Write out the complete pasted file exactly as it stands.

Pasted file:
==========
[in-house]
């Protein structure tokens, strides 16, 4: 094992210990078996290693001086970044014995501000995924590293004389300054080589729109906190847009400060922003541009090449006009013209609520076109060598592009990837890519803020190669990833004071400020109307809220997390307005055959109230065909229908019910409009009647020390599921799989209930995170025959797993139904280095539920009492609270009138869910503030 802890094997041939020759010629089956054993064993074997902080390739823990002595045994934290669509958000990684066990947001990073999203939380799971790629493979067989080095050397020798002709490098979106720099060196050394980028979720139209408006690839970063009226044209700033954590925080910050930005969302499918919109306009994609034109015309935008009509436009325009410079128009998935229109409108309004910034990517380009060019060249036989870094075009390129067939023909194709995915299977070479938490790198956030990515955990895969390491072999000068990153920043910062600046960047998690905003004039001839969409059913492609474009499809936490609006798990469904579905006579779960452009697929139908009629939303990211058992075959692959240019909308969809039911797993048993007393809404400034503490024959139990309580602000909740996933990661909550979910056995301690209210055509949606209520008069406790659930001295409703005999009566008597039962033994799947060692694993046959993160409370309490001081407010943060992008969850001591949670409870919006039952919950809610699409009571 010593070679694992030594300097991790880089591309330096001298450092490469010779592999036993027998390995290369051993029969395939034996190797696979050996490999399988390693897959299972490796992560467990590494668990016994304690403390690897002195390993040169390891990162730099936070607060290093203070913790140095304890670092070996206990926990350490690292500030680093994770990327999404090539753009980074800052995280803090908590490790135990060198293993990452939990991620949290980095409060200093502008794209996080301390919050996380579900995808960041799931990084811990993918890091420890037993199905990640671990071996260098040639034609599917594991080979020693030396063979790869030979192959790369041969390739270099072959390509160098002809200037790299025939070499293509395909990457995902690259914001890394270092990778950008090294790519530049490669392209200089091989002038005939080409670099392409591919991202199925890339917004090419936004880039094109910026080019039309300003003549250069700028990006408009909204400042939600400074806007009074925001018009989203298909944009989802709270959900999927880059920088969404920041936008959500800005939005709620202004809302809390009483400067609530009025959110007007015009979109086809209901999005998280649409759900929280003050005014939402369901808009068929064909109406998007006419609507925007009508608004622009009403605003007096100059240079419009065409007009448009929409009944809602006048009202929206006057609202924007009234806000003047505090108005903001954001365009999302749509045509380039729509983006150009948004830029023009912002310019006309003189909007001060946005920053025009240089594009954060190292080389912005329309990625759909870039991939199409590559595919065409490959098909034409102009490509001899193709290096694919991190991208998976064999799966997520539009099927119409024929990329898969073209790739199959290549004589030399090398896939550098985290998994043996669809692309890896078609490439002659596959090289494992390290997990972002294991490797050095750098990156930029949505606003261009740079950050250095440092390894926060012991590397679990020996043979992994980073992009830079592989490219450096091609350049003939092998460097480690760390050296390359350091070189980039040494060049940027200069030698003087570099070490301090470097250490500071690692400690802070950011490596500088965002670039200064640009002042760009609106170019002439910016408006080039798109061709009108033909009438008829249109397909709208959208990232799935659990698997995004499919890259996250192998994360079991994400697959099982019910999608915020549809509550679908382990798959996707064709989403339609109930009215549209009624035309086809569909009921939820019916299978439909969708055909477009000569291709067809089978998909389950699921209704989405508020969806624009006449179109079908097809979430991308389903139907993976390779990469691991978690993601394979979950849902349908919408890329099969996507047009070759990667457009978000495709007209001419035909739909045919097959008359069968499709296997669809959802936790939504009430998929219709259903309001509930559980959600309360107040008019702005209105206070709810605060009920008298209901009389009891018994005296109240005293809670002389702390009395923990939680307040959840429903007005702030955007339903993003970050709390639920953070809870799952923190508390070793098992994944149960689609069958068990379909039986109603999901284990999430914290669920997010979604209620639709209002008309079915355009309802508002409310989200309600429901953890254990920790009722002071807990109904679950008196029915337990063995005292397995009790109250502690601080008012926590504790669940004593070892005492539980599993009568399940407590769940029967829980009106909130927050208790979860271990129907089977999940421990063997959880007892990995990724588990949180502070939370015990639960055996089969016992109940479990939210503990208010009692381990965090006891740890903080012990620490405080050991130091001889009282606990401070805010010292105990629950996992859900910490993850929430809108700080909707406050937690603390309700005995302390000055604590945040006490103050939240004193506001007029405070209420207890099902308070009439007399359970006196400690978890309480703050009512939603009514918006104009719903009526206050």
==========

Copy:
[in-house]
């Protein structure tokens, strides 16, 4: 094992210990078996290693001086970044014995501000995924590293004389300054080589729109906190847009400060922003541009090449006009013209609520076109060598592009990837890519803020190669990833004071400020109307809220997390307005055959109230065909229908019910409009009647020390599921799989209930995170025959797993139904280095539920009492609270009138869910503030 802890094997041939020759010629089956054993064993074997902080390739823990002595045994934290669509958000990684066990947001990073999203939380799971790629493979067989080095050397020798002709490098979106720099060196050394980028979720139209408006690839970063009226044209700033954590925080910050930005969302499918919109306009994609034109015309935008009509436009325009410079128009998935229109409108309004910034990517380009060019060249036989870094075009390129067939023909194709995915299977070479938490790198956030990515955990895969390491072999000068990153920043910062600046960047998690905003004039001839969409059913492609474009499809936490609006798990469904579905006579779960452009697929139908009629939303990211058992075959692959240019909308969809039911797993048993007393809404400034503490024959139990309580602000909740996933990661909550979910056995301690209210055509949606209520008069406790659930001295409703005999009566008597039962033994799947060692694993046959993160409370309490001081407010943060992008969850001591949670409870919006039952919950809610699409009571 010593070679694992030594300097991790880089591309330096001298450092490469010779592999036993027998390995290369051993029969395939034996190797696979050996490999399988390693897959299972490796992560467990590494668990016994304690403390690897002195390993040169390891990162730099936070607060290093203070913790140095304890670092070996206990926990350490690292500030680093994770990327999404090539753009980074800052995280803090908590490790135990060198293993990452939990991620949290980095409060200093502008794209996080301390919050996380579900995808960041799931990084811990993918890091420890037993199905990640671990071996260098040639034609599917594991080979020693030396063979790869030979192959790369041969390739270099072959390509160098002809200037790299025939070499293509395909990457995902690259914001890394270092990778950008090294790519530049490669392209200089091989002038005939080409670099392409591919991202199925890339917004090419936004880039094109910026080019039309300003003549250069700028990006408009909204400042939600400074806007009074925001018009989203298909944009989802709270959900999927880059920088969404920041936008959500800005939005709620202004809302809390009483400067609530009025959110007007015009979109086809209901999005998280649409759900929280003050005014939402369901808009068929064909109406998007006419609507925007009508608004622009009403605003007096100059240079419009065409007009448009929409009944809602006048009202929206006057609202924007009234806000003047505090108005903001954001365009999302749509045509380039729509983006150009948004830029023009912002310019006309003189909007001060946005920053025009240089594009954060190292080389912005329309990625759909870039991939199409590559595919065409490959098909034409102009490509001899193709290096694919991190991208998976064999799966997520539009099927119409024929990329898969073209790739199959290549004589030399090398896939550098985290998994043996669809692309890896078609490439002659596959090289494992390290997990972002294991490797050095750098990156930029949505606003261009740079950050250095440092390894926060012991590397679990020996043979992994980073992009830079592989490219450096091609350049003939092998460097480690760390050296390359350091070189980039040494060049940027200069030698003087570099070490301090470097250490500071690692400690802070950011490596500088965002670039200064640009002042760009609106170019002439910016408006080039798109061709009108033909009438008829249109397909709208959208990232799935659990698997995004499919890259996250192998994360079991994400697959099982019910999608915020549809509550679908382990798959996707064709989403339609109930009215549209009624035309086809569909009921939820019916299978439909969708055909477009000569291709067809089978998909389950699921209704989405508020969806624009006449179109079908097809979430991308389903139907993976390779990469691991978690993601394979979950849902349908919408890329099969996507047009070759990667457009978000495709007209001419035909739909045919097959008359069968499709296997669809959802936790939504009430998929219709259903309001509930559980959600309360107040008019702005209105206070709810605060009920008298209901009389009891018994005296109240005293809670002389702390009395923990939680307040959840429903007005702030955007339903993003970050709390639920953070809870799952923190508390070793098992994944149960689609069958068990379909039986109603999901284990999430914290669920997010979604209620639709209002008309079915355009309802508002409310989200309600429901953890254990920790009722002071807990109904679950008196029915337990063995005292397995009790109250502690601080008012926590504790669940004593070892005492539980599993009568399940407590769940029967829980009106909130927050208790979860271990129907089977999940421990063997959880007892990995990724588990949180502070939370015990639960055996089969016992109940479990939210503990208010009692381990965090006891740890903080012990620490405080050991130091001889009282606990401070805010010292105990629950996992859900910490993850929430809108700080909707406050937690603390309700005995302390000055604590945040006490103050939240004193506001007029405070209420207890099902308070009439007399359970006196400690978890309480703050009512939603009514918006104009719903009526206050």